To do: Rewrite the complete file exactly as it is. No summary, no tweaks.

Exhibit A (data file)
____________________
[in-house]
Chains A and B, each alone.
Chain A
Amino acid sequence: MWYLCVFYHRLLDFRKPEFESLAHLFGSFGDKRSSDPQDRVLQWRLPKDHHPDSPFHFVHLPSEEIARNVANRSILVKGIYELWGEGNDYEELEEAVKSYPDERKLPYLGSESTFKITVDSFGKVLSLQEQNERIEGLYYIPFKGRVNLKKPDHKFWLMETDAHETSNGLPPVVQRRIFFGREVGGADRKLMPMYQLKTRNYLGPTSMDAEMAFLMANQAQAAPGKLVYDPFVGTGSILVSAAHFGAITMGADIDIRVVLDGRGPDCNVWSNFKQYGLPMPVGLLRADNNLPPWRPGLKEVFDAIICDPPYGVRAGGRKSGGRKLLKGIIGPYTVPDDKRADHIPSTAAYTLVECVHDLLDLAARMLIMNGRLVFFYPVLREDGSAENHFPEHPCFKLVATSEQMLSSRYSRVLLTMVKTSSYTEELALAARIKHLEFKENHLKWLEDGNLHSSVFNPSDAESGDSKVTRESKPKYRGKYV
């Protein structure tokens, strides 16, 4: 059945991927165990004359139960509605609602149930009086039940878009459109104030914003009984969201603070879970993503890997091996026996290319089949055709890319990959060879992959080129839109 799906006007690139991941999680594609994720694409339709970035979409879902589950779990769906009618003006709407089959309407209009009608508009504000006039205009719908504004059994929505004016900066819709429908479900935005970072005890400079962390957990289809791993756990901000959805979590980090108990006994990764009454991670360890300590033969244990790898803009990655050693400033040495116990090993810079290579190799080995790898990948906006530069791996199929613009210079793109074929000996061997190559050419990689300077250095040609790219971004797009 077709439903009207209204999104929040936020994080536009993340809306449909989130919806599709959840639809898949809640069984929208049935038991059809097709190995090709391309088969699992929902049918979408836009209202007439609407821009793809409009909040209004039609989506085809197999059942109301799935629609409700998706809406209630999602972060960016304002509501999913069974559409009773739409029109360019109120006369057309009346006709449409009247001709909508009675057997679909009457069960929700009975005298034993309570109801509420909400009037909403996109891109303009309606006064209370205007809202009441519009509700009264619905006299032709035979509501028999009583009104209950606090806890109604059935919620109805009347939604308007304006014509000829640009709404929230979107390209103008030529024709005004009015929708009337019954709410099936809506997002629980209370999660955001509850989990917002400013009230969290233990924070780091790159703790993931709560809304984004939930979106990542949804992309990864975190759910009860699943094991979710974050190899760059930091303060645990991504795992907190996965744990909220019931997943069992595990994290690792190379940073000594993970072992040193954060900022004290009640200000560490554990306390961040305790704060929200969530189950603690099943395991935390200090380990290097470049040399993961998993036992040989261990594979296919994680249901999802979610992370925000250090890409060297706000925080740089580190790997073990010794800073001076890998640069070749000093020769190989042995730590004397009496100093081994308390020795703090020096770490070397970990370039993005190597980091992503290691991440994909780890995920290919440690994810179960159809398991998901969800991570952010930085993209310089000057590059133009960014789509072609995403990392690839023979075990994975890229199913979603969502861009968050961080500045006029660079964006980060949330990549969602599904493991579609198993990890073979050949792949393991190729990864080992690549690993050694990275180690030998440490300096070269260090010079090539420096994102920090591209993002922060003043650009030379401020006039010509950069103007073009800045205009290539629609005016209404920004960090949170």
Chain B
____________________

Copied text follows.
[in-house]
Chains A and B, each alone.
Chain A
Amino acid sequence: MWYLCVFYHRLLDFRKPEFESLAHLFGSFGDKRSSDPQDRVLQWRLPKDHHPDSPFHFVHLPSEEIARNVANRSILVKGIYELWGEGNDYEELEEAVKSYPDERKLPYLGSESTFKITVDSFGKVLSLQEQNERIEGLYYIPFKGRVNLKKPDHKFWLMETDAHETSNGLPPVVQRRIFFGREVGGADRKLMPMYQLKTRNYLGPTSMDAEMAFLMANQAQAAPGKLVYDPFVGTGSILVSAAHFGAITMGADIDIRVVLDGRGPDCNVWSNFKQYGLPMPVGLLRADNNLPPWRPGLKEVFDAIICDPPYGVRAGGRKSGGRKLLKGIIGPYTVPDDKRADHIPSTAAYTLVECVHDLLDLAARMLIMNGRLVFFYPVLREDGSAENHFPEHPCFKLVATSEQMLSSRYSRVLLTMVKTSSYTEELALAARIKHLEFKENHLKWLEDGNLHSSVFNPSDAESGDSKVTRESKPKYRGKYV
């Protein structure tokens, strides 16, 4: 059945991927165990004359139960509605609602149930009086039940878009459109104030914003009984969201603070879970993503890997091996026996290319089949055709890319990959060879992959080129839109 799906006007690139991941999680594609994720694409339709970035979409879902589950779990769906009618003006709407089959309407209009009608508009504000006039205009719908504004059994929505004016900066819709429908479900935005970072005890400079962390957990289809791993756990901000959805979590980090108990006994990764009454991670360890300590033969244990790898803009990655050693400033040495116990090993810079290579190799080995790898990948906006530069791996199929613009210079793109074929000996061997190559050419990689300077250095040609790219971004797009 077709439903009207209204999104929040936020994080536009993340809306449909989130919806599709959840639809898949809640069984929208049935038991059809097709190995090709391309088969699992929902049918979408836009209202007439609407821009793809409009909040209004039609989506085809197999059942109301799935629609409700998706809406209630999602972060960016304002509501999913069974559409009773739409029109360019109120006369057309009346006709449409009247001709909508009675057997679909009457069960929700009975005298034993309570109801509420909400009037909403996109891109303009309606006064209370205007809202009441519009509700009264619905006299032709035979509501028999009583009104209950606090806890109604059935919620109805009347939604308007304006014509000829640009709404929230979107390209103008030529024709005004009015929708009337019954709410099936809506997002629980209370999660955001509850989990917002400013009230969290233990924070780091790159703790993931709560809304984004939930979106990542949804992309990864975190759910009860699943094991979710974050190899760059930091303060645990991504795992907190996965744990909220019931997943069992595990994290690792190379940073000594993970072992040193954060900022004290009640200000560490554990306390961040305790704060929200969530189950603690099943395991935390200090380990290097470049040399993961998993036992040989261990594979296919994680249901999802979610992370925000250090890409060297706000925080740089580190790997073990010794800073001076890998640069070749000093020769190989042995730590004397009496100093081994308390020795703090020096770490070397970990370039993005190597980091992503290691991440994909780890995920290919440690994810179960159809398991998901969800991570952010930085993209310089000057590059133009960014789509072609995403990392690839023979075990994975890229199913979603969502861009968050961080500045006029660079964006980060949330990549969602599904493991579609198993990890073979050949792949393991190729990864080992690549690993050694990275180690030998440490300096070269260090010079090539420096994102920090591209993002922060003043650009030379401020006039010509950069103007073009800045205009290539629609005016209404920004960090949170």
Chain B